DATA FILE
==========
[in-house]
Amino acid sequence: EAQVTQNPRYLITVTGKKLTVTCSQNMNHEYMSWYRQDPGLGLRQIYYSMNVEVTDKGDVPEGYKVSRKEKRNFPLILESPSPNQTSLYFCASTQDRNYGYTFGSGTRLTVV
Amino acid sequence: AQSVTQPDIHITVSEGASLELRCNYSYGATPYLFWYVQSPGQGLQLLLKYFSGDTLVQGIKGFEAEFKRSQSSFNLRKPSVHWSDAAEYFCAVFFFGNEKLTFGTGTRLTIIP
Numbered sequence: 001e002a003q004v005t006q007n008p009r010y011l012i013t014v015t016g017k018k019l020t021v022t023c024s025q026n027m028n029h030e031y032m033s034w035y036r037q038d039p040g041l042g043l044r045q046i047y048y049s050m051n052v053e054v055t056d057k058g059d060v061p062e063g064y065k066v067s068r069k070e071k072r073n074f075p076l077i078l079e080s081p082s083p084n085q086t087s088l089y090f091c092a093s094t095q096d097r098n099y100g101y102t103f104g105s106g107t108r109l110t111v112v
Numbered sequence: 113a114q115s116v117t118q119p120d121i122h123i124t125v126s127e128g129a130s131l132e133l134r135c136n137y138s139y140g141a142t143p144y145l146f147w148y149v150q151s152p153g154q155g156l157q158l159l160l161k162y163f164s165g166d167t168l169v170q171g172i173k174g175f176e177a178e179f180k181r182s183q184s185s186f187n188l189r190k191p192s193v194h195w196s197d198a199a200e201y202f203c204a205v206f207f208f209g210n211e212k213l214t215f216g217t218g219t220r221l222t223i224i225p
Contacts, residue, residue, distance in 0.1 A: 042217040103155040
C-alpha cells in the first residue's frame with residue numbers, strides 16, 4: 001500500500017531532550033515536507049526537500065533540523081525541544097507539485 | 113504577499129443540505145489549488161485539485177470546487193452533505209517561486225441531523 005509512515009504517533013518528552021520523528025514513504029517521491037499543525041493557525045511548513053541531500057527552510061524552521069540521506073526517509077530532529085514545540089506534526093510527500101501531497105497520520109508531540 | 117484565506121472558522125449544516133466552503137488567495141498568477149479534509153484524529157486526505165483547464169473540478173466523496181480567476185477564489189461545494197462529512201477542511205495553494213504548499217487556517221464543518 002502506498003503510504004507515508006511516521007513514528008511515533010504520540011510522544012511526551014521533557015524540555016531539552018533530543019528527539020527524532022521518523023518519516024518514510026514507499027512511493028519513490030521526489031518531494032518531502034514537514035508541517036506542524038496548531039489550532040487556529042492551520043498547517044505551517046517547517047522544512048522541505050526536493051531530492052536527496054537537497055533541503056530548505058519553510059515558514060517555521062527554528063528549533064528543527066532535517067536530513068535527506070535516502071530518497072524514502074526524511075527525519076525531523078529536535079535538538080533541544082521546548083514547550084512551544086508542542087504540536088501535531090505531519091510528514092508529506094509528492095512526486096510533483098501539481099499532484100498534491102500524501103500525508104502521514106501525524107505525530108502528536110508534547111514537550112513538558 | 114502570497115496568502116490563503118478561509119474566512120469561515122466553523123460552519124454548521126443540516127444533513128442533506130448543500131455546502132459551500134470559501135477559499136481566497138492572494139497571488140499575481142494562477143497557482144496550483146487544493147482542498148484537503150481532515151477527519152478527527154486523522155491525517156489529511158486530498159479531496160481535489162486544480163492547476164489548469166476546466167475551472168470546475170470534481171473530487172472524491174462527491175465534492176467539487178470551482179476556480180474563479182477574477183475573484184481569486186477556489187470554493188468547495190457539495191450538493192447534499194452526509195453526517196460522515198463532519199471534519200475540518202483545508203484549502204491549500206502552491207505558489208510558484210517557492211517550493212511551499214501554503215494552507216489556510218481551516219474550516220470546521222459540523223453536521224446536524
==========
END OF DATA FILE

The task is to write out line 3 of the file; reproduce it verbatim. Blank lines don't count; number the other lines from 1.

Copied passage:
Amino acid sequence: AQSVTQPDIHITVSEGASLELRCNYSYGATPYLFWYVQSPGQGLQLLLKYFSGDTLVQGIKGFEAEFKRSQSSFNLRKPSVHWSDAAEYFCAVFFFGNEKLTFGTGTRLTIIP